ASPIRE , Summer 2007 | 45 equity between adjacent bents in a frame and/or adjacent columns in a bent, and tuning the fundamental periods of vibration of adjacent frames. The above is analogous to an appealing aesthetic design wherein proportioning yields enhanced visual flow; seismic forces are better resisted through balanced geometries. The concept of balanced "effective" column stiffness precludes the danger of substantial damage to stiffer elements from localized shear demand. An example of this is unbalanced i n e l a s t i c r e s p o n s e o r i n c r e a s e d c o l u m n torsion demand due to rigid body rotation in the superstructure. Empirical data has led to target column "effective" stiffness ratios of k i e / k j e ≥ 0.75, where k i e is defined as the smaller "effective" bent or column stiffness, and k j e is the larger bent or column stiffness. The calculated "effective" stiffness should consider column heights and diameters, framing effects, end conditions, longitudinal and transverse steel ratios, and foundation flexibility. Long concrete bridges in California often incorporate in-span hinges to accommodate superstructure thermal movement without substantially increasing column stresses. Design of structures containing in-span hinges requires careful attention to the potential for out-of-phase response between adjacent frames. Neglecting this leads to increased probabilities of localized failure due to unintended collisions between adjacent elements excited by seismic events at different fundamental periods. Unseating of in- span hinges, an event leading to partial or total collapse mechanisms, was first identified after the 1971 San Fernando Earthquake. Modern designs incorporate a minimum hinge seat of 2 ft. Retrofit strategies for narrower seats primarily employ double extra-strong steel pipe seat extenders to accommodate larger longitudinal displacement excursions under extreme seismic events. Restrainer cables attached to concrete bolsters were employed in California's Phase I seismic retrofit program, with pipe seat extenders gaining favor later. Another innovation developed to address this vulnerability is the "seatless" hinge. It consists of cantilever end spans, emanating from adjacent frames, butted together without restraint as in typical seated hinge configurations. It is also important to limit the ratio of longitudinal and transverse fundamental periods of vibration between adjacent frames. Based on analytical studies, the SDC caps the ratio of the natural period of the less flexible frame to that of the more flexible frame at a minimum of 0.7. Effective strategies to accomplish this include adjusting "effective" column lengths, modifying end fixities, reducing/redistributing s u p e r s t r u c t u r e m a s s , m o d i f y i n g c o l u m n reinforcement ratios, etc. Column length adjustments are typically the most easily incorporated, and involve simple footing depth modifications or isolation casings. The latter employs steel casings designed to provide a gap between the column and the surrounding soil mass to effectively lengthen the column. Seismic response modification devices Isolation from extreme event forces such as earthquakes is a proven means of cost-efficient design. This strategy has been employed in civil infrastructure design worldwide, from Japan to Italy and California. Rather than relying solely on ductile behavior, the premise is to limit the forces transmitted into the structure by isolating portions from ground motions, or reducing the input magnitude. Numerous devices exist today to accomplish this goal, from large self- centering bearings to viscous dampers, hysteretic damping mechanisms, and lock-up devices. These are particularly useful when considering retrofitting existing structures not previously detailed to respond in a ductile fashion to large displacement demands. As primary reinforcement confinement is crucial to ductile behavior, it may be difficult to incorporate into existing structures, particularly on large-scale structures, and thus isolation strategies become more enticing for retrofits. Most of the major long-span toll structures have some type of seismic response modification device to enhance performance and limit damage. However, because of their cost and long-term maintenance needs, these devices are not typically used on "standard" structures designed with today's criteria, or those that can be retrofitted with simpler solutions. Future Innovation Accelerated bridge construction has received much attention in recent years, largely through a concerted effort by the Federal Highway Administration and public demand for less interruption from highway construction projects. Research projects contemplating substantial diversions from historical design norms such as re-centering precast column/bent elements may prove viable for future bridges. The long- term vision for transportation projects across the Golden State includes incorporation of design features leading to rapid on-site construction. Increased structure durability and enhanced post-earthquake serviceability must be provided to effectively meet the motoring public's demands, maintain California's prominence in the global economy, and promote good environmental stewardship. Conclusion California has and continues to expend t r e m e n d o u s r e s o u r c e s d e v e l o p i n g d e s i g n criteria and pursuing research in an effort to counter seismic effects on bridges. The SDC is performance-based. In simple terms, the element and system capacities are selected to exceed the imposed demands. The strong beam- weak column approach focuses the damage at predefined locations, otherwise known as plastic hinge zones, in column elements. System redundancy is required to provide alternate load paths and prevent local failure from resulting in collapse. Targeting a minimum ductility prevents brittle failure modes, which are often sudden and catastrophic. Some solutions employ seismic response modification devices to isolate or limit exciting forces from specific areas of structures. The goal is to prevent collapse, while localizing damage to accommodate repairs. Neprud Wash, San Bernardino County (Three-span precast, prestressed concrete I-beam bridge). Russian River Bridge, Sonoma County (Precast, prestressed and post-tensioned double-tee superstructure used as an emergency replacement). Donner Park Overcrossing, Nevada County (Two-span cast-in-place post-tensioned box girder). ASPIRE_Summer_2007.indb 45 5/15/07 11:44:06 AM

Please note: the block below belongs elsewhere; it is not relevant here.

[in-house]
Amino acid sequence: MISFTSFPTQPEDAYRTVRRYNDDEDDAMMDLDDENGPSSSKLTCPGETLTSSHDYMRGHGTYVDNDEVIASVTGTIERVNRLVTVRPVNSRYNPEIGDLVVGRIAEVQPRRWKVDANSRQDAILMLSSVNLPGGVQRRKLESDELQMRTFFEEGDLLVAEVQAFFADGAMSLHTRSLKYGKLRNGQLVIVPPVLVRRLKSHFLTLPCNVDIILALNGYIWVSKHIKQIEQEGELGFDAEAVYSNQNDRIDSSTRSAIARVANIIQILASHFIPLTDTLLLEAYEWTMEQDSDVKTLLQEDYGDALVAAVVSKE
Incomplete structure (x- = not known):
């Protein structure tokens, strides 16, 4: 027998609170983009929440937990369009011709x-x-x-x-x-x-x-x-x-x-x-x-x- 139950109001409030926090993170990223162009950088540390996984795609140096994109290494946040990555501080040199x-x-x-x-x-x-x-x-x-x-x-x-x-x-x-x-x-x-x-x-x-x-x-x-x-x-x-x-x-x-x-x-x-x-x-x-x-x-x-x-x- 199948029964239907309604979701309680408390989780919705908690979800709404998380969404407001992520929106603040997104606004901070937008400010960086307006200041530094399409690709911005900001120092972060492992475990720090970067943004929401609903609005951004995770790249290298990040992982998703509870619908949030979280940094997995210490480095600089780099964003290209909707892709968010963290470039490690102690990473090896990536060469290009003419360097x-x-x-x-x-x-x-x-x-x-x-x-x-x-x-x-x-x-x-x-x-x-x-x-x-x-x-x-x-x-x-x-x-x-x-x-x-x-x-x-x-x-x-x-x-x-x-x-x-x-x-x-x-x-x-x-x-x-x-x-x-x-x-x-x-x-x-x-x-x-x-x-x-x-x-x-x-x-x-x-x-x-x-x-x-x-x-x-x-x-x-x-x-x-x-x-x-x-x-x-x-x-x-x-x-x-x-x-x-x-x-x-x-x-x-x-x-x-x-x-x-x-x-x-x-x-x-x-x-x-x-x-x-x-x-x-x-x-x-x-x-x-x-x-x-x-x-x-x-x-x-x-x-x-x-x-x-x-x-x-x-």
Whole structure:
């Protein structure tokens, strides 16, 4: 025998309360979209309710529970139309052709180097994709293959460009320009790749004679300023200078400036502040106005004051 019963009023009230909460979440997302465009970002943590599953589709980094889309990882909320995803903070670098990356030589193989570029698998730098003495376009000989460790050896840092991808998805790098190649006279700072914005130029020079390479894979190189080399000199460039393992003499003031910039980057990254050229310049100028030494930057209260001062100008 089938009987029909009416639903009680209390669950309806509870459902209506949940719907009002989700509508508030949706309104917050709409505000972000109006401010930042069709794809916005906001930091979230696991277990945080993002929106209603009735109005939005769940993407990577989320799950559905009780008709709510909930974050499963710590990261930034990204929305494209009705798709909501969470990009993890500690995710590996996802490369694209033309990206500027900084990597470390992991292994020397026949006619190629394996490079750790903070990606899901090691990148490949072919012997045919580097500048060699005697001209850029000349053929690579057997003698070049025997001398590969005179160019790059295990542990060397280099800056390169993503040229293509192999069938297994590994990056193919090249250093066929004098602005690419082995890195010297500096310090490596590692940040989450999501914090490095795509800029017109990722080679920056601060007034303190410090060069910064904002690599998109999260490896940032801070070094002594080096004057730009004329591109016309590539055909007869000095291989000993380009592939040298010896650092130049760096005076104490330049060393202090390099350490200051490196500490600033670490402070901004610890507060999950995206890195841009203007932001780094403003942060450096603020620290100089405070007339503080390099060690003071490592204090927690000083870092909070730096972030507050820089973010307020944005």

Articles in this issue

Archives of this issue

view archives of THE CONCRETE BRIDGE MAGAZINE - SUMMER 2007